When the rapids began, they began fast.
By November 5, 2021– Published on
When I was 21 years old, whitewater kayaking dominated my life. One day in early June, I strapped myself into my boat and pushed off the shore onto a remote river in the Canadian Rockies.
I had been scouting this river for close to a year - it was just beyond my skill level. It was a steep, technical, continuous Class IV run with lots of Class V rapids mixed in. High consequence, very little room for error.
With the support of a more experienced friend, I mustered up the courage to go for it.
The first kilometer was a slow scenic float, before the river tumbled down the mountain.
When the rapids began, they began fast.
We’d had a unique weather pattern for the previous week - scorching hot sun in early June, causing a massive rush of snow melt to flood the river over the banks. It was thick, brown, chalky flood water.
As soon as we dropped into the first rapid, it was nonstop - white knuckle paddling through violent and continuous whitewater.
I was holding my own, getting pushed around, but managing.
It was reaction based paddling - the water was too fast to pull over and scout the lines, so we were reading and running the rapids on sight. A dangerous style of kayaking.
I pushed over the lip of an explosive drop, and as I slid down the green tongue that spat out the bottom, I saw half submerged logs jammed between two boulders, dead in front of me.
There was no time to react.
Submerged trees are the most dangerous hazard in a river. They act as a sieve, the water can flow through, objects cannot. In a fast moving river, the force is unimaginable and logs, or people, become pinned.
As I crashed into the timber, my boat flipped. I was underwater, tangled and pressed against a mess of branches and trees. The power of the river was overwhelming, thousands of pounds of force. Movement was impossible.
People can hold their breath for minutes at a time with training and focus. But with adrenaline pumping, and the impact of the crash forcing the air out of my lungs, the runway was much shorter.
My legs were still trapped in my boat, I knew my one chance of escape was to kick it off. I was wildly thrashing and kicking and in a stroke of luck, I felt the skirt of my kayak split. The boat filled with water and the current tore it off my body.
I don’t know how I twisted out of the logs, but suddenly I was swept down the river, bouncing off boulders and reaching for the surface.
I was free from the log jam, but now I was tumbling down explosive whitewater, without a boat, without a paddle. I am not sure how long I was in the water. It was the worst beating I’ve ever experienced. I was rag-dolled through rapids, over drops, forced down and pushed back up at the mercy of the river.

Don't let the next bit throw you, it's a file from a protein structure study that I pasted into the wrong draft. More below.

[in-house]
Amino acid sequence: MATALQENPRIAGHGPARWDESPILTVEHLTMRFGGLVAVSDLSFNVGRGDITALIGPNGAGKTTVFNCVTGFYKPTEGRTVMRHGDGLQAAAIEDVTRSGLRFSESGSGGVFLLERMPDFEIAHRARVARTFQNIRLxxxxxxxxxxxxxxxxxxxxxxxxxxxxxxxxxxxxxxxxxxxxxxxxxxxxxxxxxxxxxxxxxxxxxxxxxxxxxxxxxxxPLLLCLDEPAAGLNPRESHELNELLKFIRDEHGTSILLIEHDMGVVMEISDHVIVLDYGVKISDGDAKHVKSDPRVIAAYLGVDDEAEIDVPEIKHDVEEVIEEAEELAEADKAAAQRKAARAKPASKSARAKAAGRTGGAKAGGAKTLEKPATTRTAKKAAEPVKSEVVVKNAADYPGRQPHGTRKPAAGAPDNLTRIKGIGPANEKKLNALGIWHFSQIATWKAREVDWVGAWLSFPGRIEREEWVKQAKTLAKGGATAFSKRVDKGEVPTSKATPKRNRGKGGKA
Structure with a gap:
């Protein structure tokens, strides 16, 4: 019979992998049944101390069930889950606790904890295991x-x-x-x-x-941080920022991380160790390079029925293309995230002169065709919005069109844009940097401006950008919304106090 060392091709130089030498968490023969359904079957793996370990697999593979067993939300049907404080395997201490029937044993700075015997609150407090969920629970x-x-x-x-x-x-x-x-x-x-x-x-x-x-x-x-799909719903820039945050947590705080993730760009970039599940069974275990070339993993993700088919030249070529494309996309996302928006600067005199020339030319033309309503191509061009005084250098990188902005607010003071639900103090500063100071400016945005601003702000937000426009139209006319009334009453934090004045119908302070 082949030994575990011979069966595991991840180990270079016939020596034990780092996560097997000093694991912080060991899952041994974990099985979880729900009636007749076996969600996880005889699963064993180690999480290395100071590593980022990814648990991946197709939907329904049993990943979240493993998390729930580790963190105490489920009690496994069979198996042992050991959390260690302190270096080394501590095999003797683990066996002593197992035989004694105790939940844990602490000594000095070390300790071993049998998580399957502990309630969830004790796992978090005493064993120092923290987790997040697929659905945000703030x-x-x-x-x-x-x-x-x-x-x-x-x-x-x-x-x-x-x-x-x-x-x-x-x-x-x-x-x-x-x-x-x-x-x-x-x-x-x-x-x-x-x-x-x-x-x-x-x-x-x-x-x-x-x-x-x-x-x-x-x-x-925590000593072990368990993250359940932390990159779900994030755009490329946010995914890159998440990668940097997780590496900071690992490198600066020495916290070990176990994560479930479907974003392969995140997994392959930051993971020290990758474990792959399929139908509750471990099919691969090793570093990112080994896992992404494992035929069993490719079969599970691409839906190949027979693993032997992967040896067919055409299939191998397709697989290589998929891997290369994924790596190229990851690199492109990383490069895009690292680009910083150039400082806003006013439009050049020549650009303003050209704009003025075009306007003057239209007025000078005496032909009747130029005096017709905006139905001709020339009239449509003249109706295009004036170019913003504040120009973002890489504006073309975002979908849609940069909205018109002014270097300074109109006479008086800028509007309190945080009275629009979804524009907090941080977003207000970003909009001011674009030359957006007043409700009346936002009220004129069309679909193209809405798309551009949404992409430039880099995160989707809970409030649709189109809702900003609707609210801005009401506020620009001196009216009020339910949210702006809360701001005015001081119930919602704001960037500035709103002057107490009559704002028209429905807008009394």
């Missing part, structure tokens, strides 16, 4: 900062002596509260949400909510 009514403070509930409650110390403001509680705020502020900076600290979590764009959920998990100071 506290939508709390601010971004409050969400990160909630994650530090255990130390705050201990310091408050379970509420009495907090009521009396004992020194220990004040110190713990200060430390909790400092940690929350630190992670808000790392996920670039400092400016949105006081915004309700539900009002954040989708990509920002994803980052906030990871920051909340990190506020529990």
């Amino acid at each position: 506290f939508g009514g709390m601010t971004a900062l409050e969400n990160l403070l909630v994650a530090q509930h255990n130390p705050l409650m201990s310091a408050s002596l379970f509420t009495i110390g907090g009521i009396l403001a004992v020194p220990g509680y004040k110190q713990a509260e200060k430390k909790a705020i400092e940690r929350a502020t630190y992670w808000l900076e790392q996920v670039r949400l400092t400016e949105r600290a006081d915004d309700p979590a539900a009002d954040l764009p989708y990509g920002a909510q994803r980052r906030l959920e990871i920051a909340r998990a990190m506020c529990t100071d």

I recall so vividly the thought in my mind, “I’m not f*cking dying here.”
I went crazy. I remember kicking and thrashing as I cartwheeled down the rapids. I was choking on the water in my lungs, but fighting for my life to stay near the surface.
In a lucky break, the river hit a bend. I was pushed towards the shore on the outside of the turn. The water had flooded over the bank and was rushing through the trees - this is what saved my life - I got tangled in the branches at the water's edge. Grasping at anything I could, I managed to cling and scramble out of the current. I pulled myself onto the forest floor, and vomited. I was bruised, banged up and my nose was gushing with blood. I was dizzy. But I was alive.
Kayaking the river that day was a crazy thing to do. It was in full flood. It was destined to be a disaster. It was a reckless, foolish decision, fueled by ego. But I was 21, and I don’t regret it for a minute. It became pivotal moment.
In last weeks letter I talked about values - what we hold on to when everything else fades away. I value My People and Adventure. I need both.
These days I don’t risk death to get my adventure. I still need adrenaline, but at 37 years old with three kids I hope to be more creative than risking my life.
So in a few months I will square off live on stage, with the most powerful collection of people I could gather leveraging my network and all of those around me.
It's going to be a rush, and I want you to come join me.
On stage I will be joined by Former Canadian Prime Minister, Stephen Harper, whom I met last January over a virtual interview. His candid nature shocked me, his authenticity and honesty a stark contrast in this new age of performance politics. We will discuss the future of censorship, surveillance and geopolitical power balances.
I will be joined by Former President of Mexico, Felipe Calderón, a G20 World Leader who led his country through the 2008 Great Financial Crisis while battling escalating cartel violence. The complexities of his Presidency cannot be overstated. This is guaranteed to be a show stopping conversation.
I will be joined by Danielle DiMartino Booth, an insider from the United Stated Federal Reserve, and Robert Kiyosaki, Author of Rich Dad Poor Dad, the number 1 best selling finance book of all time.
And dozens more.
There is no education like conversation. There is no rush like doing it live on stage.
This will be the event I have always wanted to attend.
It's going to be a party. You are invited.
Click here for the 2022 Vancouver Resource Investment Conference.